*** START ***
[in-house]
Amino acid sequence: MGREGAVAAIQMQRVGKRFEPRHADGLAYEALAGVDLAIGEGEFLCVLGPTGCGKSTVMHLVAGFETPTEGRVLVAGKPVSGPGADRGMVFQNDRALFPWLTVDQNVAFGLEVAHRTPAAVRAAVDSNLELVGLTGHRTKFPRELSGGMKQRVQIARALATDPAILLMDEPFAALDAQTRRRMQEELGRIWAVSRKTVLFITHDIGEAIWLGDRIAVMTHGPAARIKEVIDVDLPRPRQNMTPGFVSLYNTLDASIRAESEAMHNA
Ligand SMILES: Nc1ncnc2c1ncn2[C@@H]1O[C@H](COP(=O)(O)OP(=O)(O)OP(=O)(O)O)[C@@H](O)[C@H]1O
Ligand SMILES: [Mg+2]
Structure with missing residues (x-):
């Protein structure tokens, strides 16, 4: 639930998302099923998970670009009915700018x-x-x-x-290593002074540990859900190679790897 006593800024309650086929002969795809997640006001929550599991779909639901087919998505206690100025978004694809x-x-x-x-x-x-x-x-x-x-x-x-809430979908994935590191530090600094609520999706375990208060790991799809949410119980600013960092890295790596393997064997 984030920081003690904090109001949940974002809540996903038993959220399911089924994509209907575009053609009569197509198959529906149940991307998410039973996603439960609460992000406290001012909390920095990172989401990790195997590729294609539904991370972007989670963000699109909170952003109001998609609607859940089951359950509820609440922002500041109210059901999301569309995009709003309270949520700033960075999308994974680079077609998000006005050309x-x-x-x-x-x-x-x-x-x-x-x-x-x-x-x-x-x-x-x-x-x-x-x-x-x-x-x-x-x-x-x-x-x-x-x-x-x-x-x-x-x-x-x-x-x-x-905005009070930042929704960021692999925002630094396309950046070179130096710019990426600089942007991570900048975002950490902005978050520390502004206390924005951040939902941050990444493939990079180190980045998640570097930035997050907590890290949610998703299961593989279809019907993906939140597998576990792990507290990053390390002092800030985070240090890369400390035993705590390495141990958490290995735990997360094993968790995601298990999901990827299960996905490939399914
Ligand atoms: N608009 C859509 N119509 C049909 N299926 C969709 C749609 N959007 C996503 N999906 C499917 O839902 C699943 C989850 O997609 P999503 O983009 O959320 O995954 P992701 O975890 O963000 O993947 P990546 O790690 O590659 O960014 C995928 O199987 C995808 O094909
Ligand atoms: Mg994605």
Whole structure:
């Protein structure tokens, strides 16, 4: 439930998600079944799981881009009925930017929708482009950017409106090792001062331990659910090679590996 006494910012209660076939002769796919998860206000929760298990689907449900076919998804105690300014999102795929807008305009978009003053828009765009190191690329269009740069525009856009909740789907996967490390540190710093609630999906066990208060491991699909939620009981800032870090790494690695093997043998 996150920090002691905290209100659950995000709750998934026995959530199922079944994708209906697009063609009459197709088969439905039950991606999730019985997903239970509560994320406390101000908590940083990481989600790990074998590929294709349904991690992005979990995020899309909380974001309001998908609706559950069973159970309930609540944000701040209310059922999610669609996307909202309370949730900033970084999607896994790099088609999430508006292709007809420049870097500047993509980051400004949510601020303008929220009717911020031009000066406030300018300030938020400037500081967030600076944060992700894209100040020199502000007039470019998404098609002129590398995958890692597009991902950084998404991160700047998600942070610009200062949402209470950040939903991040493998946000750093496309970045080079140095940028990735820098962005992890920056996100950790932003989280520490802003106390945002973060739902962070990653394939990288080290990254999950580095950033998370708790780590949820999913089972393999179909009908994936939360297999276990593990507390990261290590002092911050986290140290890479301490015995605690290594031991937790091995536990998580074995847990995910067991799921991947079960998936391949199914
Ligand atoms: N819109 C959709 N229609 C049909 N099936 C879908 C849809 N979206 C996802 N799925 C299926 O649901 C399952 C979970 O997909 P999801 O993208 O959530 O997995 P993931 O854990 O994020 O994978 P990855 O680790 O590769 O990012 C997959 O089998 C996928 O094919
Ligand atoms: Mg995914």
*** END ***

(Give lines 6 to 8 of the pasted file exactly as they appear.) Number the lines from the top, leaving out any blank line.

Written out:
């Protein structure tokens, strides 16, 4: 639930998302099923998970670009009915700018x-x-x-x-290593002074540990859900190679790897 006593800024309650086929002969795809997640006001929550599991779909639901087919998505206690100025978004694809x-x-x-x-x-x-x-x-x-x-x-x-809430979908994935590191530090600094609520999706375990208060790991799809949410119980600013960092890295790596393997064997 984030920081003690904090109001949940974002809540996903038993959220399911089924994509209907575009053609009569197509198959529906149940991307998410039973996603439960609460992000406290001012909390920095990172989401990790195997590729294609539904991370972007989670963000699109909170952003109001998609609607859940089951359950509820609440922002500041109210059901999301569309995009709003309270949520700033960075999308994974680079077609998000006005050309x-x-x-x-x-x-x-x-x-x-x-x-x-x-x-x-x-x-x-x-x-x-x-x-x-x-x-x-x-x-x-x-x-x-x-x-x-x-x-x-x-x-x-x-x-x-x-905005009070930042929704960021692999925002630094396309950046070179130096710019990426600089942007991570900048975002950490902005978050520390502004206390924005951040939902941050990444493939990079180190980045998640570097930035997050907590890290949610998703299961593989279809019907993906939140597998576990792990507290990053390390002092800030985070240090890369400390035993705590390495141990958490290995735990997360094993968790995601298990999901990827299960996905490939399914
Ligand atoms: N608009 C859509 N119509 C049909 N299926 C969709 C749609 N959007 C996503 N999906 C499917 O839902 C699943 C989850 O997609 P999503 O983009 O959320 O995954 P992701 O975890 O963000 O993947 P990546 O790690 O590659 O960014 C995928 O199987 C995808 O094909
Ligand atoms: Mg994605």